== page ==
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About the time, the first poet, took the floor, a three pounder, took my Mrs Simpson & fled, the reel screaming; the Arnold turned, into a leaden sheet, as the rain came in, over bush electric, with cicadas; and when the light was beached, shadows rode in, on the scent of the night, hunting; therefore a toast to you, my friends, and for your fishing, kia ora.
Profile
I was brought up in Temuka – a small town in South Canterbury. I went to the Temuka Primary School and Temuka High School (now Opihi College). Many of my poems still reflect those days – eeling, whitebaiting, building tree huts, floating rafts down the river, bird nesting, and just doing things as a family.

I was always interested in writing, reading and books. At High School I entered and won a poetry competition. The poem was called 'To A Mountain', and was written after a rugby trip to Central Southland College in Winton. For a prize I was given a book called "The Lonely Sea and the Sky" – the autobiography of Francis Chichester.

My parents urged me to send some poems to another magazine and I was published in a Maori magazine called Te Ao Hou. Like a fish on the end of a line I was hooked on writing!

When you begin to write you must read the work of other poets. I did read a wide range of poets at school – particularly the English poets. But I think New Zealand poetry was more meaningful and relevant to me coming from a typical Kiwi background.

After High School I went to Canterbury University and then to Teacher Training College. I spent many years teaching primary schools in Canterbury and on the West Coast.

Now I am writing full-time, but I occasionally teach if I am needed. I always enjoy going into classes. Sometimes I share my poems. Sometimes I teach simple te reo Maori to the classes, tell a legend, or sing songs.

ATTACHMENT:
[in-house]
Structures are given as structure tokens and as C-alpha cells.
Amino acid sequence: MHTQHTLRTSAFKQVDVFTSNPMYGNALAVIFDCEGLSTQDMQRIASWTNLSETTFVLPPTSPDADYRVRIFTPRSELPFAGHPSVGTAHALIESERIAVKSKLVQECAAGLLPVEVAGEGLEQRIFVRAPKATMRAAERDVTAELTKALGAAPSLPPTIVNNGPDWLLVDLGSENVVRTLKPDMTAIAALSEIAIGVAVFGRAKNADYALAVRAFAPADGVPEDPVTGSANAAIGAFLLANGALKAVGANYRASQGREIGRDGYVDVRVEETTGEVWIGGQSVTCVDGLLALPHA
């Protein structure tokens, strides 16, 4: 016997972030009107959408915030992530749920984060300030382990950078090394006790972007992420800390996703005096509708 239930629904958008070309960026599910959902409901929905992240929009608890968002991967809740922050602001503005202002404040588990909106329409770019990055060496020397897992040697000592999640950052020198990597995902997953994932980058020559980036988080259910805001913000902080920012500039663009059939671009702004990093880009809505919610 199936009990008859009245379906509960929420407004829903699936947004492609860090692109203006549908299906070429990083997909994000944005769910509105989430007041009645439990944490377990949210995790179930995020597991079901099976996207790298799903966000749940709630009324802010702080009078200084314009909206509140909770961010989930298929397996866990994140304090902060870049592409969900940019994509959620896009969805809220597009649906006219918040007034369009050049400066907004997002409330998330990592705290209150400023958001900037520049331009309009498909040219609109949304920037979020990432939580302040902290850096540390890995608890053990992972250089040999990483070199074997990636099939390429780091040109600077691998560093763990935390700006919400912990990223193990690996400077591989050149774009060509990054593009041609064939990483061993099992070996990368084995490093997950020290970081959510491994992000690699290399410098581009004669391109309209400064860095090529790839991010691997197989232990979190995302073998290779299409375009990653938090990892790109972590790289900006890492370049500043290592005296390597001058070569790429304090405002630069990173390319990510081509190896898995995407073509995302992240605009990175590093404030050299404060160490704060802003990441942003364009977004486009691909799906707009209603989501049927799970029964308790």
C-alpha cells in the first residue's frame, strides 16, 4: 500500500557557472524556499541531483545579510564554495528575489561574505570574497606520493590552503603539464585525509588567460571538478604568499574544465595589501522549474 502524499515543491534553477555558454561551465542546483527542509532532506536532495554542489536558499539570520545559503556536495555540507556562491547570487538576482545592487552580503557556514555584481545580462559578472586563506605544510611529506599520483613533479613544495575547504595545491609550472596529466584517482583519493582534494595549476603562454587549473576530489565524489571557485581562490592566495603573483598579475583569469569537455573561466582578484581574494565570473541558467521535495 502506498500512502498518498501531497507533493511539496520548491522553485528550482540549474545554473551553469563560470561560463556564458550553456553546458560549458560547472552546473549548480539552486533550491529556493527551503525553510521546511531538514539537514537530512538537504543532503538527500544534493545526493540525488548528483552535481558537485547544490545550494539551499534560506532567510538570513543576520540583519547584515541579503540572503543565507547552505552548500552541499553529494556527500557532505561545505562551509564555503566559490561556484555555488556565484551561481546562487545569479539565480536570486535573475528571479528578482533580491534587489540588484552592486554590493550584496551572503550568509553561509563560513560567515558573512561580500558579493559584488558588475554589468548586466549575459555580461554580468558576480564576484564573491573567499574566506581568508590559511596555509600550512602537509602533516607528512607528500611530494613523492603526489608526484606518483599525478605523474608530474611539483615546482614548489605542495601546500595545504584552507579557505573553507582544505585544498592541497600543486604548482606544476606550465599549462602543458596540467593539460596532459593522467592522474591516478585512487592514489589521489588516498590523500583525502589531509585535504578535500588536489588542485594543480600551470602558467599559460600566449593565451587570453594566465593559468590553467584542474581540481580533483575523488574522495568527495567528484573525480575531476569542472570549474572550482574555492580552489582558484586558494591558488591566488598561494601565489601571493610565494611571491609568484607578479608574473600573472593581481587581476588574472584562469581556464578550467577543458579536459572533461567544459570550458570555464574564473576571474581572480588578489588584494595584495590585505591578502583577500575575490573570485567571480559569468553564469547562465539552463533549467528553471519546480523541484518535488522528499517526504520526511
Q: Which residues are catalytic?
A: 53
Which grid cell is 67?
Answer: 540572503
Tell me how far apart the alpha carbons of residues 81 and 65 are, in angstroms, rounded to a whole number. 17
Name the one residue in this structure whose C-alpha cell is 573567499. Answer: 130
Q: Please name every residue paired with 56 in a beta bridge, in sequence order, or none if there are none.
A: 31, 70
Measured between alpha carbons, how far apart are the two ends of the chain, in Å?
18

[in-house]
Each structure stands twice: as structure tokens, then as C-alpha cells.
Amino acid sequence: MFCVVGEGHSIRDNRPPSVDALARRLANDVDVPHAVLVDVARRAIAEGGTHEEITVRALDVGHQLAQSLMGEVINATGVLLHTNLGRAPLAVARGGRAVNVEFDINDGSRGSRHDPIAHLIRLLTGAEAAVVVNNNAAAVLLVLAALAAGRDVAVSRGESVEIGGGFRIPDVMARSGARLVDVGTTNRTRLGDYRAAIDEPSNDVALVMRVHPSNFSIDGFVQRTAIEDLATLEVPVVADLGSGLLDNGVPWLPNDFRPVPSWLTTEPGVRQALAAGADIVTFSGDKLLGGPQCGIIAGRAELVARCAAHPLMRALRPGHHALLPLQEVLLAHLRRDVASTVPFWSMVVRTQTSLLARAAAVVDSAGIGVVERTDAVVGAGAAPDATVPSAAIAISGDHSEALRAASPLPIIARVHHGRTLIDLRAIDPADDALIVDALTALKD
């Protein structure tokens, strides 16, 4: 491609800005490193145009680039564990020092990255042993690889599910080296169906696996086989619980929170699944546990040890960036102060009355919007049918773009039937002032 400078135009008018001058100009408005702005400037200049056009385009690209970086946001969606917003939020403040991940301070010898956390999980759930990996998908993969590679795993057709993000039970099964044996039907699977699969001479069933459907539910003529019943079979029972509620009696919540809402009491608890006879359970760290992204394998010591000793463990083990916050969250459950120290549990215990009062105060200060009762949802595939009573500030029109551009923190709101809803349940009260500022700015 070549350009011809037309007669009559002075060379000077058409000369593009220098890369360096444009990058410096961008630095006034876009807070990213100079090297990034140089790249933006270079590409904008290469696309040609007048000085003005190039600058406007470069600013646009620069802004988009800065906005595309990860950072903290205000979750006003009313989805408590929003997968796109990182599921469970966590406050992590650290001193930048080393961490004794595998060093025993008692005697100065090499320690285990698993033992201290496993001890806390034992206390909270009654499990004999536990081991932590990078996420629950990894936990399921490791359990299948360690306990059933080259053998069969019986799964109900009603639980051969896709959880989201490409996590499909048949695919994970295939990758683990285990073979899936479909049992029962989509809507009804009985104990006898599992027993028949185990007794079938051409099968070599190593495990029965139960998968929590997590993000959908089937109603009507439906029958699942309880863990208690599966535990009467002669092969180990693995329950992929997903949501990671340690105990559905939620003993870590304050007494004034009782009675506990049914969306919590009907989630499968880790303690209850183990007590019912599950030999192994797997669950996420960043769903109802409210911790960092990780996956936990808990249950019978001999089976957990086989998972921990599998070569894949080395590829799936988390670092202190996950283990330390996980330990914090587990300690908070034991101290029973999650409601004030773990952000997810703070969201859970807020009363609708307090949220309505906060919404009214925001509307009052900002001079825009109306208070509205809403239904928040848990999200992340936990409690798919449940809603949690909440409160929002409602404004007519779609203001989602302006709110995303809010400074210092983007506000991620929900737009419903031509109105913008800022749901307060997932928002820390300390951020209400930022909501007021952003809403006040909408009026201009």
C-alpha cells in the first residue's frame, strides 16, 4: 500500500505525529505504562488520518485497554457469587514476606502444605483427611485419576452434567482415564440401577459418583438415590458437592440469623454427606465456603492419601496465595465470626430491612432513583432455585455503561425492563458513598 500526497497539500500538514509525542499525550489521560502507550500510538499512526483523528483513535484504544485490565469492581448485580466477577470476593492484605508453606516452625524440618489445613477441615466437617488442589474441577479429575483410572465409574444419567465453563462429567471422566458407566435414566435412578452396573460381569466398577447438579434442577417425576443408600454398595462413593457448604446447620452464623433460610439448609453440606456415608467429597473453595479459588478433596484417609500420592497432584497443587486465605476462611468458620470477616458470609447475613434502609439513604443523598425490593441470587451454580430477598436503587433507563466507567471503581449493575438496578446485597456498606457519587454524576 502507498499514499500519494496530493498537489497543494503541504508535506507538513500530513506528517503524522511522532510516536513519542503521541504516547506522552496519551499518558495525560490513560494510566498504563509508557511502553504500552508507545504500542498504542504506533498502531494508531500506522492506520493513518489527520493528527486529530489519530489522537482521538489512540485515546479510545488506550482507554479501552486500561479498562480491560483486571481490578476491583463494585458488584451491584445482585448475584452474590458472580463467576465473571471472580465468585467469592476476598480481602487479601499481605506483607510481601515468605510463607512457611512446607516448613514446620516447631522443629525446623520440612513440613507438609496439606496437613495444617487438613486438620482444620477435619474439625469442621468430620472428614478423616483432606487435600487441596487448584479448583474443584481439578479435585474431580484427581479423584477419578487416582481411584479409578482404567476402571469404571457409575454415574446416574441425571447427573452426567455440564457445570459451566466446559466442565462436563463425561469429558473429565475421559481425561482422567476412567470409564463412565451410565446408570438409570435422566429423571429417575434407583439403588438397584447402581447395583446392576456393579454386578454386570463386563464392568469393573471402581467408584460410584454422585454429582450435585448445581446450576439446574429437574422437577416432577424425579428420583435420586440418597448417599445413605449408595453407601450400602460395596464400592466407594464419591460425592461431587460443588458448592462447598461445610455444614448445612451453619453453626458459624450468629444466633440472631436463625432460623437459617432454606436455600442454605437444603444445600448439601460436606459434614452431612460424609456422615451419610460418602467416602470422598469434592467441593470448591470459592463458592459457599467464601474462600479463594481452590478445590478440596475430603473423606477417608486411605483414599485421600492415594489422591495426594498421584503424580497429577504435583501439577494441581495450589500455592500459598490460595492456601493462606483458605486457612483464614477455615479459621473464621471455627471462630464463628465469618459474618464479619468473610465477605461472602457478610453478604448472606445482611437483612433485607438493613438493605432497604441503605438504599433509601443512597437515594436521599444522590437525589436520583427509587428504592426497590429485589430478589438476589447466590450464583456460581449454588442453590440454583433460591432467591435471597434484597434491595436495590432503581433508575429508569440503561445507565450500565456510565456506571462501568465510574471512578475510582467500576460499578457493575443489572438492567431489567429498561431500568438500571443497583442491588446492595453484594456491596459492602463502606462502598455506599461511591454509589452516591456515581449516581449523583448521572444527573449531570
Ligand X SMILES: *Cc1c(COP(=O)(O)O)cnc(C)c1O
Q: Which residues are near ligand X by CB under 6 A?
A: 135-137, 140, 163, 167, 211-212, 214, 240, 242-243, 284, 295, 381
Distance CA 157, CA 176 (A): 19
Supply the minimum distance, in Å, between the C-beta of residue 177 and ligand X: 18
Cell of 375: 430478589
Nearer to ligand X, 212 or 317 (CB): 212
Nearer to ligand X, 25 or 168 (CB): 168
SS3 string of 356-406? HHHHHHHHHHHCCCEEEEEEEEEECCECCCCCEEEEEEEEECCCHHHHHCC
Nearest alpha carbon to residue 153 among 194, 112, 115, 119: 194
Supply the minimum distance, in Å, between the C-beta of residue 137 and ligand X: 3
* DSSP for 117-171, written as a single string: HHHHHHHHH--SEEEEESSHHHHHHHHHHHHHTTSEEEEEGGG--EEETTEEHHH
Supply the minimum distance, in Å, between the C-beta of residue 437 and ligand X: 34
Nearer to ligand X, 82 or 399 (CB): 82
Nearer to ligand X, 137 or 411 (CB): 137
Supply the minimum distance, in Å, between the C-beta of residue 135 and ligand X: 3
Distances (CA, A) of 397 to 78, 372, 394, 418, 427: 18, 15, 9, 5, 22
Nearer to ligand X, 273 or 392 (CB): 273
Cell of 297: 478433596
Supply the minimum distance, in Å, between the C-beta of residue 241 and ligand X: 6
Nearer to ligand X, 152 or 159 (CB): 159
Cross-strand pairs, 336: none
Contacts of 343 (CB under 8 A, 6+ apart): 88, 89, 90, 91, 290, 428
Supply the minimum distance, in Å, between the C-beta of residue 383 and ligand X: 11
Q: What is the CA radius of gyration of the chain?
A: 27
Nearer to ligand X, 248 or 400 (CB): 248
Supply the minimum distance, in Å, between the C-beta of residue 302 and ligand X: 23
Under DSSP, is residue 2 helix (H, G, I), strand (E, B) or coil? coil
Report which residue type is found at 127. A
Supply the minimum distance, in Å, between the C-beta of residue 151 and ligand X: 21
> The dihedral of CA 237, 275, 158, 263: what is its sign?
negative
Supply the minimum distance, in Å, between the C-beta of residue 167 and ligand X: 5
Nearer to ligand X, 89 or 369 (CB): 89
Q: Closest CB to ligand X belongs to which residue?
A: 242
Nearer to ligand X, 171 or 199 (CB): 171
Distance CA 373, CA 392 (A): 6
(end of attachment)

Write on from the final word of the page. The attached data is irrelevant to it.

I have a collection of bird bones – penguins and albatrosses – which amaze the children – especially stories about the albatross. A poem may be triggered off as we talk about the birds – and children begin to write their own poems without knowing they are doing it!

Classes always like hearing about New Zealand poets, who they are, and how they came to write their poems. One of their favourites – and mine - is "The Magpies" by Denis Glover. Denis went out to Leithfield Beach one weekend. He stopped at the side of the road for a rest and listened to the magpies in the trees above him.When he arrived at his friend’s bach (another poet called Allen Curnow) all he could say was: Quardle oodle ardle wardle doodle!

Rangi's CV Resumé - Printable Version
 
Freelance Writer
If you need a writer, anthologist, copywriter, editor, poetry judge, or author – Rangi can give advice and experience in a wide range of educational, literary, and historical topics.

Rangi Faith is available also for:
  • Story writing and story reading to school classes
  • Poetry readings and poetry classes
  • Research
  • Writing educational units on Maori legends, New Zealand history, and environmental topics.
  • New Zealand Poetry courses for adult groups
  • Narration (voice-overs) of prose and poetry

Contact Rangi